In order to improve the friction coefficient and the wear resistance on ultra high molecular weight polyethylene (UHMWPE), substrates were irradiated with Si ion. The beam energies were 1.5 and 3.0MeV at a fluence range of 0.5×1014−1×1015 ions/cm2. The friction coefficient and wear resistance of UHMWPE substrates were measured using the ball-on-disk wear testing method. The ion-irradiated substrates were analyzed using secondary ion mass spectroscopy (SIMS) and Raman spectroscopy. It was found that the friction coefficient of ion-irradiated substrates at a fluence of 5×1014 or 1×1015 ions/cm2 was lower than that of non-irradiated substrate. Furthermore, the wear resistance was improved at a fluence of 1×1015 ions/cm2. The hardness of the irradiated substrates increased with an increase of ion fluence. The analysis by SIMS and Raman spectroscopy suggested that amorphous carbon was formed in the surface layer by ion-irradiation.
In order to extend the heat cyclic life of thermal barrier coating, the authors investigated introducing a protective compound of MoSi2 and NiCrAlY as an intermediate layer to a thermal barrier coating which conventionally consisted of a two-layer coating system to prevent the oxidation of the bond coating. The conventional two-layer coating system was delaminated after 20 thermal cycles. On the other hand, the three-layer coating system was not delaminated after 60 thermal cycles and its thermal cyclic properties were superior to those of the two-layer coating system. Because the MoSi2 introduced in the intermediate layer of the three-layer coating system has a self-repair property in which cracks and voids are sealed by the formation of an SiO2 layer, excellent thermal cyclic properties were obtained by preventing formation of thermally grown oxides due to the separation of coating.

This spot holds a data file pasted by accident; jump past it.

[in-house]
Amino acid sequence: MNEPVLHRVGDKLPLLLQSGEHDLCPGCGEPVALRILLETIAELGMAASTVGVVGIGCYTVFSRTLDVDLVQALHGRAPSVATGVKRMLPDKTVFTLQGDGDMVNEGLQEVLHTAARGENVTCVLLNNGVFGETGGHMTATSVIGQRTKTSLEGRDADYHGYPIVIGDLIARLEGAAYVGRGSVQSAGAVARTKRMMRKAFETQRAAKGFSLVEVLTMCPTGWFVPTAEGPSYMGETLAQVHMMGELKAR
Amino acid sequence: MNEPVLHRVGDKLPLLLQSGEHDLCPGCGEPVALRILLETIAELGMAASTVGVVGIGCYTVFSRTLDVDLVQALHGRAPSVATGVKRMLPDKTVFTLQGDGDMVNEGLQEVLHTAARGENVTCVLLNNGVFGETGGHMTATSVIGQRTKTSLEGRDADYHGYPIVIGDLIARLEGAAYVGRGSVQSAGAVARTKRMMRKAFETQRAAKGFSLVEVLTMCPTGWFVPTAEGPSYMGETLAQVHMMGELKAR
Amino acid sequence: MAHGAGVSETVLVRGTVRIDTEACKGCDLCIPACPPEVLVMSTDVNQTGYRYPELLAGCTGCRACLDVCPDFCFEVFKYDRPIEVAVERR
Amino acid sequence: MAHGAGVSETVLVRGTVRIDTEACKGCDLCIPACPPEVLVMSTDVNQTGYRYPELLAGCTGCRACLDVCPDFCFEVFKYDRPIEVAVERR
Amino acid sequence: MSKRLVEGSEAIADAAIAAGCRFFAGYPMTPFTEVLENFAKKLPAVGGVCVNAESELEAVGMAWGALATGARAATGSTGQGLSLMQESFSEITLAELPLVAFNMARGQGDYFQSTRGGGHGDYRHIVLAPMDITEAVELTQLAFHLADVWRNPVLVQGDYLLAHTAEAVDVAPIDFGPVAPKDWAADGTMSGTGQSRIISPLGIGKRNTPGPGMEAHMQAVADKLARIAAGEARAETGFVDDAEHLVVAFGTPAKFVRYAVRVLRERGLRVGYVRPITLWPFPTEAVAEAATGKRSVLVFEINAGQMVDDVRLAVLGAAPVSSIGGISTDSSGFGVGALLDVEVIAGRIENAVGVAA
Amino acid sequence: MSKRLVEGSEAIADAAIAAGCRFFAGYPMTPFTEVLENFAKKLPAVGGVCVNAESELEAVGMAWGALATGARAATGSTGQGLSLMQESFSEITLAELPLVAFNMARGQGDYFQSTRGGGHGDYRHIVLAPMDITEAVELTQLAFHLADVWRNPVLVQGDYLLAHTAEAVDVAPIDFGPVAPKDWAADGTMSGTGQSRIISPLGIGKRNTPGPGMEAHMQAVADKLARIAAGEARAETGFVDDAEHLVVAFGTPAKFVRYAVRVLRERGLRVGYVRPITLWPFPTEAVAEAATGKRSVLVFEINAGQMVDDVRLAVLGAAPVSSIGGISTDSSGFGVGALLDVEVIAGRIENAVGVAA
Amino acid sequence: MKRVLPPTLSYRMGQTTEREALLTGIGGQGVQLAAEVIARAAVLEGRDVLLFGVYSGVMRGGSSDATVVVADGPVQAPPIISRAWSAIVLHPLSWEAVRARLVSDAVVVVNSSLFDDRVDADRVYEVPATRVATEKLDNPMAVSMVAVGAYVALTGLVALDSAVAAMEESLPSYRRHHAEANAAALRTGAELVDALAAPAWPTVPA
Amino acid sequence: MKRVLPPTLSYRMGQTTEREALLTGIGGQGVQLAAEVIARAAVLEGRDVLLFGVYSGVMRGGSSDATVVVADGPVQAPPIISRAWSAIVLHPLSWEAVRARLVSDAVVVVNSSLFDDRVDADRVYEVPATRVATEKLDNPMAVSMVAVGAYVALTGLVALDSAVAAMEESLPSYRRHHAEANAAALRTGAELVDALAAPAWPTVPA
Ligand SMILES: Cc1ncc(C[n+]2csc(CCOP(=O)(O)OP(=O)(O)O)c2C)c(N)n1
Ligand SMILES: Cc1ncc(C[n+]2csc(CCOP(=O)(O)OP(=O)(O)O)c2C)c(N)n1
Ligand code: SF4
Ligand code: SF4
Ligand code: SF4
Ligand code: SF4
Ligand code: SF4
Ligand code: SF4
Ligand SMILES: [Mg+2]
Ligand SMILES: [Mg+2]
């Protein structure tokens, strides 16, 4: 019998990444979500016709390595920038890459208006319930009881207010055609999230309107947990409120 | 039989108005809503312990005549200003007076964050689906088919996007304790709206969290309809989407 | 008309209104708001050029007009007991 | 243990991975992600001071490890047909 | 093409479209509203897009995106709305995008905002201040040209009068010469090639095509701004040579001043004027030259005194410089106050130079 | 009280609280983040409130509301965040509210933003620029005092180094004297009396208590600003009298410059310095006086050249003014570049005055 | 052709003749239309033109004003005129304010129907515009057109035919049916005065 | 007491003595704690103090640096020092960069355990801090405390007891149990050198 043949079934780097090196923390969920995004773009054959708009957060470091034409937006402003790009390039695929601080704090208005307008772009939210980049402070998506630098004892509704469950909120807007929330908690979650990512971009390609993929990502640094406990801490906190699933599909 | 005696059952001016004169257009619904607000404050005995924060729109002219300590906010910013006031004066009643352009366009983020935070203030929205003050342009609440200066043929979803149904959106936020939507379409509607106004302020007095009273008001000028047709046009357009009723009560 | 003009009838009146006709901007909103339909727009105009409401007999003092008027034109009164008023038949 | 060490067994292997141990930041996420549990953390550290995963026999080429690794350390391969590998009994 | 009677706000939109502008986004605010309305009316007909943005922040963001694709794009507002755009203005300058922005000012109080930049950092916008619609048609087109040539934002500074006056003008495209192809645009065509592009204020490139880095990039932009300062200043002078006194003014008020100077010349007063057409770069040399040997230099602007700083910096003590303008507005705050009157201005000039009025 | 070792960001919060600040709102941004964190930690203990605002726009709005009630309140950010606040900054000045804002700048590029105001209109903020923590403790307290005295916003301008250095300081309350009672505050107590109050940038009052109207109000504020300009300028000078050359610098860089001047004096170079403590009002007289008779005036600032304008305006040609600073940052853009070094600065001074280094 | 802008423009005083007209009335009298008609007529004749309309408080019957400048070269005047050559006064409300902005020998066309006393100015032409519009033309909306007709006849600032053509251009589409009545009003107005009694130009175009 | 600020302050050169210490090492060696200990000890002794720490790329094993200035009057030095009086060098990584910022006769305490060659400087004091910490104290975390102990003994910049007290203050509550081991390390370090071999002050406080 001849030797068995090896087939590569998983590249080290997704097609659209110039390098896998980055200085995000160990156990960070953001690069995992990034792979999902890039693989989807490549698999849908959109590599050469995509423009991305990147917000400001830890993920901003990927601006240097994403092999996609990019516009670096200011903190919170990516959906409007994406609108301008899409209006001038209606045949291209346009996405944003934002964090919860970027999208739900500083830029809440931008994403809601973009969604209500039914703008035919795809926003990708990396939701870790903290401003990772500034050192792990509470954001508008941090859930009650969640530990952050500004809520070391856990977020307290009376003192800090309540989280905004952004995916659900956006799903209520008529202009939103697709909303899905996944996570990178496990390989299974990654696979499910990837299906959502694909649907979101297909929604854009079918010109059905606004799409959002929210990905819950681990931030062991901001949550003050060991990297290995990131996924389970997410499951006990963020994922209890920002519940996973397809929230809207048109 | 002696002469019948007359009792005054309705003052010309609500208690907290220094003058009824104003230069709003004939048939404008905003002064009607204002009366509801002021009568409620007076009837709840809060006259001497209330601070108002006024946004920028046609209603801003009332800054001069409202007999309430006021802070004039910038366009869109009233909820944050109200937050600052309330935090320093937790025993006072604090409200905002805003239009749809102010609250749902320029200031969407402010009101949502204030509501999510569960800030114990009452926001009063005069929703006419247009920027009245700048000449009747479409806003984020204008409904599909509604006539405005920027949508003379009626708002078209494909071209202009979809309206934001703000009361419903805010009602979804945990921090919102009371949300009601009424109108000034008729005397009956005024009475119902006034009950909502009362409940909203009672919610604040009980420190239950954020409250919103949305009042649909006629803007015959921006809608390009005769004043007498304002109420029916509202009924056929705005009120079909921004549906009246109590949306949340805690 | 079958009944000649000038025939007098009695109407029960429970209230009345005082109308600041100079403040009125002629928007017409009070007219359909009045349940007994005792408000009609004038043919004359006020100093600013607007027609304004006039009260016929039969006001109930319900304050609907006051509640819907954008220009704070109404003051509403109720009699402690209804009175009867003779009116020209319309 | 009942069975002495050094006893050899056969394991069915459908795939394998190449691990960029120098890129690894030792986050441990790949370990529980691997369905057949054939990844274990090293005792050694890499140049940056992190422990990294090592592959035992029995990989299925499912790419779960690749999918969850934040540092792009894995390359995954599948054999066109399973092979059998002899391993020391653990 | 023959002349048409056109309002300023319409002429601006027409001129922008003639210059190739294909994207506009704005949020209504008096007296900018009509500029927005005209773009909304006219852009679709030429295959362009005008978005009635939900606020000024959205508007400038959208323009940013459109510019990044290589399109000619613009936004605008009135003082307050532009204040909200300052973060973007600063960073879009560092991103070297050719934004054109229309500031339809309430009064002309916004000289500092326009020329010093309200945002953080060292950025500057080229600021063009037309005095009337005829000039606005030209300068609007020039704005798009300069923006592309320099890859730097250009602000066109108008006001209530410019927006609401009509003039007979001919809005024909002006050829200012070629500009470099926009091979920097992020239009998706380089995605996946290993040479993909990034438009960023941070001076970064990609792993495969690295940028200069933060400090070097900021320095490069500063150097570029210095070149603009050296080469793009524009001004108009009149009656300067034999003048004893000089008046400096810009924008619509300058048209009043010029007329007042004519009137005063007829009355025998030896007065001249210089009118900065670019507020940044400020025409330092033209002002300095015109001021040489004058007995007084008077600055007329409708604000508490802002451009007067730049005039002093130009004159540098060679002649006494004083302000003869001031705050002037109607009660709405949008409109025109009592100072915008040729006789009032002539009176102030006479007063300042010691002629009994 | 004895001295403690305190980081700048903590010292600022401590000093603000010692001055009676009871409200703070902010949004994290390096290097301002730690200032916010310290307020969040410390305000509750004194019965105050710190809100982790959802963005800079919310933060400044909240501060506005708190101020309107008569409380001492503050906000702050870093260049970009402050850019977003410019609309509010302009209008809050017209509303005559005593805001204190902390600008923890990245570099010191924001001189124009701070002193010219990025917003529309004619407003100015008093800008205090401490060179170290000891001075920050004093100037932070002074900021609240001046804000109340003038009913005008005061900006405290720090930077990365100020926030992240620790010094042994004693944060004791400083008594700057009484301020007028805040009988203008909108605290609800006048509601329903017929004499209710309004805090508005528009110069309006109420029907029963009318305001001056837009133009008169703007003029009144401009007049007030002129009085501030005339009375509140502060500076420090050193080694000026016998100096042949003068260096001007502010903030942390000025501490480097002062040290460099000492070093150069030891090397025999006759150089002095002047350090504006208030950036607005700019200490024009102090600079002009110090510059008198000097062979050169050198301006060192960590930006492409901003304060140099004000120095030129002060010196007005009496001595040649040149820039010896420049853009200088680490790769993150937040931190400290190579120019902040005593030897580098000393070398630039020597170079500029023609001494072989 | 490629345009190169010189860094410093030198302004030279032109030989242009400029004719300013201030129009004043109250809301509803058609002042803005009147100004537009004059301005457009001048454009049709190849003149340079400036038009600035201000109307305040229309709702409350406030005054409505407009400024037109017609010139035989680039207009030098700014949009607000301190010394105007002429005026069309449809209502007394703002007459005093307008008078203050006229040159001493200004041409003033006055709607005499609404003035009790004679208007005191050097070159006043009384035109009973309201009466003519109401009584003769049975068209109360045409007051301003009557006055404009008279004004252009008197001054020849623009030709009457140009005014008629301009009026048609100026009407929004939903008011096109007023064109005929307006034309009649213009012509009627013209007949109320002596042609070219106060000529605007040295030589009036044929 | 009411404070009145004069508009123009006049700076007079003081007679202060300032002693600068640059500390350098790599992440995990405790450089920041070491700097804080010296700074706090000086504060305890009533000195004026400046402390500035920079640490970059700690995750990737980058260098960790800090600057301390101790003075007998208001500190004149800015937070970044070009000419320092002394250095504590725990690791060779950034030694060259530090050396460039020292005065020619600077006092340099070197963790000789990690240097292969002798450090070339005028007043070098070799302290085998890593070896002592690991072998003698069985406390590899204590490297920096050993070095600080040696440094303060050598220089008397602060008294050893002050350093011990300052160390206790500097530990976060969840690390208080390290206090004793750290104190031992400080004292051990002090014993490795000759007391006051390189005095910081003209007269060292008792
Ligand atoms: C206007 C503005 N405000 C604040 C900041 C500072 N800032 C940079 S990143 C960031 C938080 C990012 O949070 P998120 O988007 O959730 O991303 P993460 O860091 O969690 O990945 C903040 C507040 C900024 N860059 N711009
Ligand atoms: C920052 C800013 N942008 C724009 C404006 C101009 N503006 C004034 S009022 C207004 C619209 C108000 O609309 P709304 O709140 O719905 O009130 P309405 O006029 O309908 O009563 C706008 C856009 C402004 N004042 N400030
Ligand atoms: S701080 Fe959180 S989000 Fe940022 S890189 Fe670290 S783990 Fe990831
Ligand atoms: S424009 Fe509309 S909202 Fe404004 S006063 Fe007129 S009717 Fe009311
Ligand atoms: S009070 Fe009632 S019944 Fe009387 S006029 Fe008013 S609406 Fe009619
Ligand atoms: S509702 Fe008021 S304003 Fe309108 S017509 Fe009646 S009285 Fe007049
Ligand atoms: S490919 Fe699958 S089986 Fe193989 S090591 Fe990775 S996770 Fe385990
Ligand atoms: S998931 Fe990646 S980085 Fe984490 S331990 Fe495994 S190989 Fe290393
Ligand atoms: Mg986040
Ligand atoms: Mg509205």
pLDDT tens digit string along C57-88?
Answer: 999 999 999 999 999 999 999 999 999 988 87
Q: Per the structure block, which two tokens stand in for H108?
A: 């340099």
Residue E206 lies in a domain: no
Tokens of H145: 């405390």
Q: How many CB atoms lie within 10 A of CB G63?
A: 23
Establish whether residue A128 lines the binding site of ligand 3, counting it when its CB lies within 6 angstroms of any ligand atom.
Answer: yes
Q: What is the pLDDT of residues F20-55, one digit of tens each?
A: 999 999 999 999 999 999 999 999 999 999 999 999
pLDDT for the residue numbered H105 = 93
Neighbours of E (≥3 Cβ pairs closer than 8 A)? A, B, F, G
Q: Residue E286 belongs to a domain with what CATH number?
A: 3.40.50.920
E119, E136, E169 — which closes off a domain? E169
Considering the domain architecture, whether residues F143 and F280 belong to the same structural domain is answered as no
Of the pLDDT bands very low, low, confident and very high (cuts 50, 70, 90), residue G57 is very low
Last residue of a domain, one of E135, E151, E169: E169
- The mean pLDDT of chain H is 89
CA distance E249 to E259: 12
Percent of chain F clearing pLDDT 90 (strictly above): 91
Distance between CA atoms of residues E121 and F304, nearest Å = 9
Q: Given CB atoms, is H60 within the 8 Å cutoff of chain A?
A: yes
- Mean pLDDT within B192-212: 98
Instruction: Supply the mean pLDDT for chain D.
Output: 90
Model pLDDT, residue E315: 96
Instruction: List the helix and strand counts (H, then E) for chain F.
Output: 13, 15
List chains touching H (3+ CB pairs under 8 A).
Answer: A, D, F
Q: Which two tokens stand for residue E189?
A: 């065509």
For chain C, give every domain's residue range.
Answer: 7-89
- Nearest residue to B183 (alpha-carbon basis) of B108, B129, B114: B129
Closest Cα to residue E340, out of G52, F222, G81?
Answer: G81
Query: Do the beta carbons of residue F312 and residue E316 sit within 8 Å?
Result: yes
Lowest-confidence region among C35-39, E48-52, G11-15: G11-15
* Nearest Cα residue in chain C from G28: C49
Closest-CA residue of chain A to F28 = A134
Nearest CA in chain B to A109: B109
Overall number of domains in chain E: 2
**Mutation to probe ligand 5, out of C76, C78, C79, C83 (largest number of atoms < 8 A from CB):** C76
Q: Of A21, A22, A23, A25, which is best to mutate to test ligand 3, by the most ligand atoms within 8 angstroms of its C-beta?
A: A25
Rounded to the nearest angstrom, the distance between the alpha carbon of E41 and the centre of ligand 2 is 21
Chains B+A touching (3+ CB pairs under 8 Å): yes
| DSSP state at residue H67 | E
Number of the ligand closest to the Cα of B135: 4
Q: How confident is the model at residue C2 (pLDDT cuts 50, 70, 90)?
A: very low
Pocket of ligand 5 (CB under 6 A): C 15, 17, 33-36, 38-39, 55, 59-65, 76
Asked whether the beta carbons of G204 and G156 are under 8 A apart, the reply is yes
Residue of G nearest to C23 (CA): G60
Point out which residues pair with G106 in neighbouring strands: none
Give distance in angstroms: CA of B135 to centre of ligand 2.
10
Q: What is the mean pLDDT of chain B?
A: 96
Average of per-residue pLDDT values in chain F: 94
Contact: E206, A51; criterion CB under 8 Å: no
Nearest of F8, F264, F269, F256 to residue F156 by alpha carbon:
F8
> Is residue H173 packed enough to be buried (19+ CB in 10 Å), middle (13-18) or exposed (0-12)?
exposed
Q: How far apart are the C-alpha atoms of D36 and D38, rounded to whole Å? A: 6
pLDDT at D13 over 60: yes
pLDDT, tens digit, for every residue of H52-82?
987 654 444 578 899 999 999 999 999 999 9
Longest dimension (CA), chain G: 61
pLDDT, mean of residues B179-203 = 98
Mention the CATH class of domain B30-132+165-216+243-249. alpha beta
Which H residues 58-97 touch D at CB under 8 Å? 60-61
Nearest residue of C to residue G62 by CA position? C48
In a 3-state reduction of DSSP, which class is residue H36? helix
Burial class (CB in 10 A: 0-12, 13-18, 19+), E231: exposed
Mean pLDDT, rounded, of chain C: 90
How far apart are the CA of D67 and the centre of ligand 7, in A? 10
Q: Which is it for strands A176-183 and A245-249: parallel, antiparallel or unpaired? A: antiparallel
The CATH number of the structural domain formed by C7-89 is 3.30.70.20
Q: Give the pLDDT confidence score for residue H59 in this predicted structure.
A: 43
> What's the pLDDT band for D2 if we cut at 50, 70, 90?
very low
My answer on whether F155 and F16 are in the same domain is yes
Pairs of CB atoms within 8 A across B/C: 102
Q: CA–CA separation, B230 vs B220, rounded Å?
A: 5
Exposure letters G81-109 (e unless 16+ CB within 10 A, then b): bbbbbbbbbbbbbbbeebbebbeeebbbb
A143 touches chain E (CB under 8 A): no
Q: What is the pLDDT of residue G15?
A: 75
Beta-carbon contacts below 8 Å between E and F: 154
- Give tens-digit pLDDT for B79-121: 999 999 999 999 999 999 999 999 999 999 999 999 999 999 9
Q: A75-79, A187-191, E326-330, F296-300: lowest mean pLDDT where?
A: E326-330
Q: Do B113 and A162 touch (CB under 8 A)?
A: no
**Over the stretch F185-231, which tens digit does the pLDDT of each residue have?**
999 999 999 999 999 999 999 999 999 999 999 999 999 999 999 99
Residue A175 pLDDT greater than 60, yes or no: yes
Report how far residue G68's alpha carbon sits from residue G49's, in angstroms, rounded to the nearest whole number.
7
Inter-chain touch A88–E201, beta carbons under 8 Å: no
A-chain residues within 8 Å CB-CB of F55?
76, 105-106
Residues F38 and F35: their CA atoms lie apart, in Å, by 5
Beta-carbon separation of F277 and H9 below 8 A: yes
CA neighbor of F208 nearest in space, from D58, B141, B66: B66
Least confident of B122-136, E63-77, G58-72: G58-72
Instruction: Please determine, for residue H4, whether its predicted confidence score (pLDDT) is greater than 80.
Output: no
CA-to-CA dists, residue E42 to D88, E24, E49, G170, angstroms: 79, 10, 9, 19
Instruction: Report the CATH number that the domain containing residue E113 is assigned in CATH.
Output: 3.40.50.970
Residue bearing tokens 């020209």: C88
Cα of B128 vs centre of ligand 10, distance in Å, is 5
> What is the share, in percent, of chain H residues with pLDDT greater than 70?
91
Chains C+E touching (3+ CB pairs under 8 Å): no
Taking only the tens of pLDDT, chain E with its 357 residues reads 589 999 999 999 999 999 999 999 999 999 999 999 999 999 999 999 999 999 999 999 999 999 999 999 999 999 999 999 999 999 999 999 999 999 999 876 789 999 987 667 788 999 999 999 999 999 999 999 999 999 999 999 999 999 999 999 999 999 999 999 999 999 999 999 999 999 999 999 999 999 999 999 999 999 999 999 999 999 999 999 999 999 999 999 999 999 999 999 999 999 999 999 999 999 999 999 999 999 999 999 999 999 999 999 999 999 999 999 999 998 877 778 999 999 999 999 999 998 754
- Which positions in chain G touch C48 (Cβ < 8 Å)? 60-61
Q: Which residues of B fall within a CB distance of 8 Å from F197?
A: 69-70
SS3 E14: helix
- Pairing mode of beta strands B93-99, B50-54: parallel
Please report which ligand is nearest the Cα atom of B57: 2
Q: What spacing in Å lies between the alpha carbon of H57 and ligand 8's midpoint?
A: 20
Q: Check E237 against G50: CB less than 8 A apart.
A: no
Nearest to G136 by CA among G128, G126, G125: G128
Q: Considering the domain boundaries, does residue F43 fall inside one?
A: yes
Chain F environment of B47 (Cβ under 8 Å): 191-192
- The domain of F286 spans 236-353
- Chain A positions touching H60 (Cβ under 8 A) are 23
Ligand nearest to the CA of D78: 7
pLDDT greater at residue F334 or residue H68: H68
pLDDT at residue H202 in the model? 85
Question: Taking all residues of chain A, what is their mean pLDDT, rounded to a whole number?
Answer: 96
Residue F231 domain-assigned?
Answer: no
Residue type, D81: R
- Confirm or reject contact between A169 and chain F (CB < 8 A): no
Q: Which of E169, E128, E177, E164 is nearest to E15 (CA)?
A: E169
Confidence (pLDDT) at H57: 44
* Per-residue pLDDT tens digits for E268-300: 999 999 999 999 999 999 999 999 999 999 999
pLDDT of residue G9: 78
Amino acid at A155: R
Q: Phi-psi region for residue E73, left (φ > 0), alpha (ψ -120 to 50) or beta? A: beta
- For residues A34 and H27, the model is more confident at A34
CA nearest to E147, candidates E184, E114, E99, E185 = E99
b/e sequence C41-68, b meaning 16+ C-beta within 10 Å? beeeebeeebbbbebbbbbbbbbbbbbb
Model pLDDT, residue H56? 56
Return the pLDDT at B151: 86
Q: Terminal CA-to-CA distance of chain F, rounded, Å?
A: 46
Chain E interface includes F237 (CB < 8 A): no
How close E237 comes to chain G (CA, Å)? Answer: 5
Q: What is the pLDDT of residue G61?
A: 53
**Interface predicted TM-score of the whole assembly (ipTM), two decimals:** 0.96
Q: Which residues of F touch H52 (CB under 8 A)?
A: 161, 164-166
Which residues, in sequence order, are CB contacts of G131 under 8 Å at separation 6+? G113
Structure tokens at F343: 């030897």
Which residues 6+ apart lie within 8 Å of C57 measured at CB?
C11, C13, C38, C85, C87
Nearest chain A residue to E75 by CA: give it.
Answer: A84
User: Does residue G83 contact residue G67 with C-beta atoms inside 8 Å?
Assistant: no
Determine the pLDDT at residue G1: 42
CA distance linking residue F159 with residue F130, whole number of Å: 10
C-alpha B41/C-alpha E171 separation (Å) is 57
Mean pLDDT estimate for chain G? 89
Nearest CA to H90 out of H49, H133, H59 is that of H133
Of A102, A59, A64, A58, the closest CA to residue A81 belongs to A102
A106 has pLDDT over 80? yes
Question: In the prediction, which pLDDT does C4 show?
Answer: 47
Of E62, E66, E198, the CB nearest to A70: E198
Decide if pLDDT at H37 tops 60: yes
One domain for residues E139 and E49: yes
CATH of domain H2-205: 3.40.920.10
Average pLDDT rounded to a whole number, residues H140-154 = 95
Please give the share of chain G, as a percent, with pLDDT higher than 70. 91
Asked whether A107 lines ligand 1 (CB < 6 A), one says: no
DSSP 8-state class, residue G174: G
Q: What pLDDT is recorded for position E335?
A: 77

It has so far not been possible to fabricate a sol-gel-derived hafnia film with a uniform surface by spin-coating an aqueous hafnia sol on a stainless steel substrate. The reason is that the substrate repulses the sol because of the latter's high surface energy. To improve the wettability and coating properties of the sol on the substrate, the authors degreased the substrate in a strong basic solution with and without the application of a 2-A electric current prior to the spin-coating process. After the surface treatment, it was found by atomic force microscopy and temperature programmed desorption analysis, respectively, that the surface roughness and the amount of water adsorbed on the substrate surface increased. The water and hafnia sol droplet contact angles on the substrate deceased. Thus, the sols were wetted and spread well on the surface-treated substrates during the spin-coating process, resulting in sol-gel-derived hafnia films with uniform and flat surfaces.
The optimum electrodeposition conditions for via filling were obtained using the measurement of time-potential response. The result of time-potential response measurement corresponds well with the via cross section shape. We adopted a two-step electrodeposition method. The first step is via filling by the periodic reverse pulse current of IOn/IRev/IOff=−20/40/0 [mA/cm2] and TOn/TRev/TOff=200/10/200 [ms]. Thirty minutes of periodic reverse pulse current perfectly fills a via of 40 μm in diameter and 25 μm in depth. The second step is etching by the periodic reverse pulse current of IOn/IRev/IOff=20/−40/0 [mA/cm2] and TOn/TRev/TOff=200/10/200 [ms], in order to uniformly etch the copper film on the via surface. Nine minutes was required to etch the copper film. Finally, the fine sized vias were perfectly filled and the uniform via surface of 6 to 7 μm was obtained within 39 minutes. With this thinner uniform via surface, it is easy to form fine wiring by the subtractive method.